Transnet may sell up to R50 billion worth of assets to finance the maintenance of its rail infrastructure as a R130 billion debt burden weighs down the utility that pays R1 billion monthly to service its debt.
Transnet’s board chairman, Andile Sangqu, revealed this when he reported to Parliament’s public enterprises portfolio committee this week.
Transnet, the state-owned freight transport company, plans to spend R84.9 billion in the next five years on infrastructure at Transnet Freight Rail (TFR), its largest operating division.
However, the company faces a R130 billion debt burden and pays R1 billion monthly in interest on this debt, making it difficult to raise money to pay for its maintenance.
“We have reached the limit of our gearing capacity and do not have a strong balance sheet. There are a lot of things that need to be done, but the company does not have the financial capital to deliver on that mandate,” Sangqu said.
Transnet reported a R5.7 billion loss for the year ended 31 March 2023, compared with a R5 billion profit in 2022.
The volumes delivered by its freight rail business dropped 13.6% during the period.
The planned infrastructure spending is necessary to upgrade TFR’s ageing network, which is essential for transporting goods around South Africa.
Transnet CEO Portia Derby has said the company is exploring ways to raise cash, including selling assets and seeking government guarantees.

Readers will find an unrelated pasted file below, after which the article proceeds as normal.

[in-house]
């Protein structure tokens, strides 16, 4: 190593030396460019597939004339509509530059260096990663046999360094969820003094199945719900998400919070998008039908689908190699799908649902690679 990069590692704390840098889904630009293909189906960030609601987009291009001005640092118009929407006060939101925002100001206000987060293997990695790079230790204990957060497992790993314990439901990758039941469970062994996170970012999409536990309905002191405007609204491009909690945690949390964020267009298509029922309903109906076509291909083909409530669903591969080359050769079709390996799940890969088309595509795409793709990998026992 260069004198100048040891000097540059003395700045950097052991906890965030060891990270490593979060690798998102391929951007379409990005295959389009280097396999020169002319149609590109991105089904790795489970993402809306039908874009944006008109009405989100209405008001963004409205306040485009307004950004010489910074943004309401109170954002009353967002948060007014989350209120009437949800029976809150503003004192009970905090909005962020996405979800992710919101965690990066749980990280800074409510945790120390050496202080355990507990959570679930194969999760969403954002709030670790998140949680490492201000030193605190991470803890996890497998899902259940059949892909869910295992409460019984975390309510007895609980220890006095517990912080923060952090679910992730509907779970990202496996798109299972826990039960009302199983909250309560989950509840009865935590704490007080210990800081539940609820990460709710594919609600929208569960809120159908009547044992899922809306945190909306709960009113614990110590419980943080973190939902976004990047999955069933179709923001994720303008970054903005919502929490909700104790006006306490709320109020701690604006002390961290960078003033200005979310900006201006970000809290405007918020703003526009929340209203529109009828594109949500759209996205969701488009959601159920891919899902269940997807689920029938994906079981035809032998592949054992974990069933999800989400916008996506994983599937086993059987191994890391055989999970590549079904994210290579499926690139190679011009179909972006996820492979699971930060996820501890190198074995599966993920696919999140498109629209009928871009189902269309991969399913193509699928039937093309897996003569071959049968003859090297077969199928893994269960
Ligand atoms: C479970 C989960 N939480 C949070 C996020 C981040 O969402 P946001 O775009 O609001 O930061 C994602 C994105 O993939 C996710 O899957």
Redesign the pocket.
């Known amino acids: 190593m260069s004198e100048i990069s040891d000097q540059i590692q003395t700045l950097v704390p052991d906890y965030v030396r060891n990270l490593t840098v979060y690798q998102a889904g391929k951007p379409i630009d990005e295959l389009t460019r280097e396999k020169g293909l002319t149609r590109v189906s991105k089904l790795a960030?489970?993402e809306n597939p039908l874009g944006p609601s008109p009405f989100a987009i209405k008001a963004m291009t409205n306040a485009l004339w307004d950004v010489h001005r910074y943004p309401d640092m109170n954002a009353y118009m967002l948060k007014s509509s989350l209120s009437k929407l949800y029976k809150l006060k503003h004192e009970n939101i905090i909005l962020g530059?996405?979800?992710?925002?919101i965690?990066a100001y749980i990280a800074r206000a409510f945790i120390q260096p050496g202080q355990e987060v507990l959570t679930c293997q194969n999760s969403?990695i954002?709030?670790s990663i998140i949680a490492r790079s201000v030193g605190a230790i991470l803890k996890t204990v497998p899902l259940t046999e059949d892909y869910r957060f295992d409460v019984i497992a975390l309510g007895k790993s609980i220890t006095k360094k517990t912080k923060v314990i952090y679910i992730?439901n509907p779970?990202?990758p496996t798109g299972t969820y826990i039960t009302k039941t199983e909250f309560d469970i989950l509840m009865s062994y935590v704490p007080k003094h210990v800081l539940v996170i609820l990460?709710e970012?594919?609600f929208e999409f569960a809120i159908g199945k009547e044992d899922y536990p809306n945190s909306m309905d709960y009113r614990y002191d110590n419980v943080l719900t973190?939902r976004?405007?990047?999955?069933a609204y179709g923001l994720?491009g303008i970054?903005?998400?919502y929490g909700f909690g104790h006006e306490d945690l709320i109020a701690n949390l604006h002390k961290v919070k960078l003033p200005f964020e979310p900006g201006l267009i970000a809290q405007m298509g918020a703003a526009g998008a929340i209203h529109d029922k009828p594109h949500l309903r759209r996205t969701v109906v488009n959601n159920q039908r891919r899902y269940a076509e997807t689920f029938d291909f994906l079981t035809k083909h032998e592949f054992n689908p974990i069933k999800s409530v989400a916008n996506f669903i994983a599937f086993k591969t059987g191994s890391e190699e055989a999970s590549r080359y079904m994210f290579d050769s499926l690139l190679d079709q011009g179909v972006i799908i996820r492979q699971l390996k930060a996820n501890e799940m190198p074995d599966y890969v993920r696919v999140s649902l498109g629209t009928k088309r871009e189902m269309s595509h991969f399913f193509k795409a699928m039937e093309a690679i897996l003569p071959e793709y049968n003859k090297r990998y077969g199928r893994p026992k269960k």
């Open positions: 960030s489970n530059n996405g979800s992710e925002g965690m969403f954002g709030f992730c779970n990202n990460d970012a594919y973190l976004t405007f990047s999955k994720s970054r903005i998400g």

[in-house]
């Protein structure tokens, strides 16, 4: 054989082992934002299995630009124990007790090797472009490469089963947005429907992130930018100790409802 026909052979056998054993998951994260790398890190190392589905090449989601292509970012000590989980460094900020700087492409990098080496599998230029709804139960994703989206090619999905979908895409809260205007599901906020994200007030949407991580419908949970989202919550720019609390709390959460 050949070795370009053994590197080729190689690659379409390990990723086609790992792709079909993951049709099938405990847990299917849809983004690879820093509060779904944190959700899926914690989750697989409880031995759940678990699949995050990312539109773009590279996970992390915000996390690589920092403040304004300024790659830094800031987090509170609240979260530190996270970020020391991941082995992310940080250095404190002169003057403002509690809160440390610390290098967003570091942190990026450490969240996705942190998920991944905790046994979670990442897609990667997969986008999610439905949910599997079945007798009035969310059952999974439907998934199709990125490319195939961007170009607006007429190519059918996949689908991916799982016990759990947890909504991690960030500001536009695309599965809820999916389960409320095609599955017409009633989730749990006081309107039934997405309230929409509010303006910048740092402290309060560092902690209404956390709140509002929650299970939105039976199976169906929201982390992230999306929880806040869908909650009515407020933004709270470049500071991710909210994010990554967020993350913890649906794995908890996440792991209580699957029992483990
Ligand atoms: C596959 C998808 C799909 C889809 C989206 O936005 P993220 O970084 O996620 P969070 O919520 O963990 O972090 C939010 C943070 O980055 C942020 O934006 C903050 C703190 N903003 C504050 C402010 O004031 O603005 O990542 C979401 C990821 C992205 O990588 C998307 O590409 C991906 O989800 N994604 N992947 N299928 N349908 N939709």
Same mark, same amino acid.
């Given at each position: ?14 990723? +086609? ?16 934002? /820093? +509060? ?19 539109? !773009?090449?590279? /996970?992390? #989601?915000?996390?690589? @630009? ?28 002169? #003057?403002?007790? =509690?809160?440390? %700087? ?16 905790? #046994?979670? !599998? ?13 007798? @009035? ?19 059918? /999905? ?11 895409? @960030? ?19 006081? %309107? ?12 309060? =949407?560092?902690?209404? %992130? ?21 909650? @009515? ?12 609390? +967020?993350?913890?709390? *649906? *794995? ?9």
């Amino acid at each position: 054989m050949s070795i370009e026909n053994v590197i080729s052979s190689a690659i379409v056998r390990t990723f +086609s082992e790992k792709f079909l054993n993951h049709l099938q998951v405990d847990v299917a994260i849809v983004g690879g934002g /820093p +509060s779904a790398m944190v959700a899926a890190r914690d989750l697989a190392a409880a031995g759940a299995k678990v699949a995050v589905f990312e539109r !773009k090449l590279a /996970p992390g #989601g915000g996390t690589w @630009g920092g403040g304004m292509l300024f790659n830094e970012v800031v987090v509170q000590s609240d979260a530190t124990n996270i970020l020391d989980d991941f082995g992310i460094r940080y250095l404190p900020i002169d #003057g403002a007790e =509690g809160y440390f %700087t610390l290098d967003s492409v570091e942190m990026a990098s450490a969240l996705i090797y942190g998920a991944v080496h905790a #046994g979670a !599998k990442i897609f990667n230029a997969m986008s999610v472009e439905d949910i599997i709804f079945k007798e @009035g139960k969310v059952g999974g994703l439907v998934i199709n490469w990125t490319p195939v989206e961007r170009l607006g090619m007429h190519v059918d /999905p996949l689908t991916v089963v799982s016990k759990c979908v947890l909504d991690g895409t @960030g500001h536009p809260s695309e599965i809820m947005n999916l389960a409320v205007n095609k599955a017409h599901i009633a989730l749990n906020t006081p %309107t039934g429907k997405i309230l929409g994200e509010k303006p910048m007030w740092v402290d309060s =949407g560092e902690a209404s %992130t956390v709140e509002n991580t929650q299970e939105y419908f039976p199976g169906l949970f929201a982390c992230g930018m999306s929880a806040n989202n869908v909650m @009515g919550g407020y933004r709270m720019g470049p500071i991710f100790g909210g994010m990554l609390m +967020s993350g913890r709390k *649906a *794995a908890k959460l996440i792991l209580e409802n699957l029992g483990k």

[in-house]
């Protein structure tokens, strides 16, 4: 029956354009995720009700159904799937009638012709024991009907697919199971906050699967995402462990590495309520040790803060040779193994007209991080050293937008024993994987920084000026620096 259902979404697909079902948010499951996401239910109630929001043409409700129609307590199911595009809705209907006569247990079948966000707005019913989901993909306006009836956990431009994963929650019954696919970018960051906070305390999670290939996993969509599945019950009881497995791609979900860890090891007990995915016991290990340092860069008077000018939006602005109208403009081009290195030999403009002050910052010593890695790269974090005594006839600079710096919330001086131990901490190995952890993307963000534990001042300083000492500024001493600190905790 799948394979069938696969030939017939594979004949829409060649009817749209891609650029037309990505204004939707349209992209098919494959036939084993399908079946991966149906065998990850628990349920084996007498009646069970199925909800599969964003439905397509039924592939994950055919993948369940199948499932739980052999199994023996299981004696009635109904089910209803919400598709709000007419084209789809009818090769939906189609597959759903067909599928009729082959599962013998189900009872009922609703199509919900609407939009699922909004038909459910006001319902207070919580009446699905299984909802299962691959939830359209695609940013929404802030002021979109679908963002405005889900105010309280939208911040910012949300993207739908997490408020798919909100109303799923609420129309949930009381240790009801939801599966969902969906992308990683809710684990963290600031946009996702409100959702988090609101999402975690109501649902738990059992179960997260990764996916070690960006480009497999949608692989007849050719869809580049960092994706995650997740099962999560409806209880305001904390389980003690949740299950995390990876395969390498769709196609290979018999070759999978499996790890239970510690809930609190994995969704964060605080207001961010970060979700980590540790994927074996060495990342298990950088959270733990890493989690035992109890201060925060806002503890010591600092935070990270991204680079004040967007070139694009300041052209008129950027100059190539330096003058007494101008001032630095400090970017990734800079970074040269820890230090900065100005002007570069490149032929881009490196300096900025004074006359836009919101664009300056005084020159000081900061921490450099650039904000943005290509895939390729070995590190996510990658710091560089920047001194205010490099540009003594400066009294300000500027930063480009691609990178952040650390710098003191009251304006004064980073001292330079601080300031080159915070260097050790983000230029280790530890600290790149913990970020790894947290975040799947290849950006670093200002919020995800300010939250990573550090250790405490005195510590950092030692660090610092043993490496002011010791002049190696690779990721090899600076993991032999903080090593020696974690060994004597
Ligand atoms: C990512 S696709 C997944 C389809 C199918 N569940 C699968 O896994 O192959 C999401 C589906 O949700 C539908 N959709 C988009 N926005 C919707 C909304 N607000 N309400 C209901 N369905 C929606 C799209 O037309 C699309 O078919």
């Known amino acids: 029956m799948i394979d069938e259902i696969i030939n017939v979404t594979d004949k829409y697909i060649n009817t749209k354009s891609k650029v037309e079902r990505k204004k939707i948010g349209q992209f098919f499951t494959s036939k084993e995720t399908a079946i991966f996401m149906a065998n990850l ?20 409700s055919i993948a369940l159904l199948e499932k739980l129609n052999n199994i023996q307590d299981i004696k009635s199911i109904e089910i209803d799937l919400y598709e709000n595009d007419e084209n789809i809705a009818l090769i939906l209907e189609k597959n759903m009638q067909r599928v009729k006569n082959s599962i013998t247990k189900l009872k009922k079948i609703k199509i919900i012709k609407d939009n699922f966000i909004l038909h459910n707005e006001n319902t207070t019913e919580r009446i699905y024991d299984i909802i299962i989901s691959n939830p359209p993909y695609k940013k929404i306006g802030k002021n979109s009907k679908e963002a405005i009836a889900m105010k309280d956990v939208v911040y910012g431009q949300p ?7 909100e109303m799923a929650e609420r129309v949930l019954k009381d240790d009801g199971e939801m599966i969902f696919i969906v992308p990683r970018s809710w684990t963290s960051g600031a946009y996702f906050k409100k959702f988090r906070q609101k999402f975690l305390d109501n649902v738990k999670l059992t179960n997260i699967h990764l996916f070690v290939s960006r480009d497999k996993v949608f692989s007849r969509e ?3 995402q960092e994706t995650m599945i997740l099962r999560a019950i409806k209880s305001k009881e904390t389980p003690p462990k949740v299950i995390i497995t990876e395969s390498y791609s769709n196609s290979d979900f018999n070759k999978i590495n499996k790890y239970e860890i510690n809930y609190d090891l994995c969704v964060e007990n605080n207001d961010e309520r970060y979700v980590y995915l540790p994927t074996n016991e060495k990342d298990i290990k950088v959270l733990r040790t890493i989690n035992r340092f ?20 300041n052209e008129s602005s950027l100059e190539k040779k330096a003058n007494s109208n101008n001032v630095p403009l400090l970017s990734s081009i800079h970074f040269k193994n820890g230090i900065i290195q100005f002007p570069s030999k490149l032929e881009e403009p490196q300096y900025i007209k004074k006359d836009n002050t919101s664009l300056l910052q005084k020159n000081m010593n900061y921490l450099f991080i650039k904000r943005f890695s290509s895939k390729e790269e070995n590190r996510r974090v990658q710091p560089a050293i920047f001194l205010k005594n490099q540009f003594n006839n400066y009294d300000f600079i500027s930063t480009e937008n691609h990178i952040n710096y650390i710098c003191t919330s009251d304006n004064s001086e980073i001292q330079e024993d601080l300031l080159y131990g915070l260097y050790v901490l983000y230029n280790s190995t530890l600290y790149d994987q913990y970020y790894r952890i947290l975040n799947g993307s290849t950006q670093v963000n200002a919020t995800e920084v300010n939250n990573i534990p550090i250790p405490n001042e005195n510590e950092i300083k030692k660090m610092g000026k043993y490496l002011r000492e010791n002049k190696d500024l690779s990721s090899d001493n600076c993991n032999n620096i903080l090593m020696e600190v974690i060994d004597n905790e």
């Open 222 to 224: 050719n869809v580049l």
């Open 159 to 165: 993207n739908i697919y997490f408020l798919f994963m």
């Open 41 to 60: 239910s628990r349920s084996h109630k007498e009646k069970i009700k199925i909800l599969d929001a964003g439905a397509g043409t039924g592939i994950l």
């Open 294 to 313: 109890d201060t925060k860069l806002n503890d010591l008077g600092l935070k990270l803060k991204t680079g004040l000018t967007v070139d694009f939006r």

However, it is unclear whether these measures will be enough to cover the cost of infrastructure spending.
The utility can turn to the government for additional funding, which is unlikely as the National Treasury is unwilling to increase spending.
Transnet’s board was charged by the Minister of Public Enterprises, Pravin Gordhan, to create a turnaround plan within three weeks.
This plan will likely contain a proposal to dispose of assets to raise money to fund the utility’s maintenance plan.
Gordhan also called on the board to draw up a report on how Transnet will be restructured to ensure it can deliver on its mandate, cut spending, and tackle corruption.
The minister told Parliament that the government is unwilling to extend more funding to state-owned enterprises.
No time to waste
Billionaire Patrice Motsepe has warned that despite efforts to improve Transnet’s performance, the country does not have time to wait for results.
Motsepe said he and ARM’s management team are encouraged by their engagements with Transnet to collaborate with the private sector to improve the utility’s performance.
“That is an excellent beginning,” Motsepe said. “But, we do not have time now. What we need is results, results, results. We need the partnership to deliver.”
“We can’t be experimenting. There’s no time to be playing around and fidgeting.”
Employing the best people for the job is “absolutely non-negotiable”, Motsepe said. “The best people in any industry are the ones who have grown up in the business and understand the business.”
Transnet’s rail and port woes cost bulk commodity miners billions in lost revenue.
The Minerals Council of South Africa estimated that poorly run ports and freight-rail lines might have cost the country R150 billion in exports last year.
The GAIN Group estimated that Transnet’s collapse is set to cost the country R1 billion a day in economic output, equivalent to 4.9% of annual GDP or R353 billion in 2023.
The figure of R353 billion for 2023 is actually less than the R411 billion GAIN estimated Transnet cost the South African economy last year.
Director at GAIN Professor Jan Havenga expected the utility’s performance to improve markedly this year due to cooperation between Transnet and mining companies.
However, this improvement did not materialise as the total freight transported by Transnet declined in 2023.
According to GAIN, South Africa’s economic growth of 0.5% for 2023 could have been over ten times higher at 5.4% if Transnet operated at full capacity.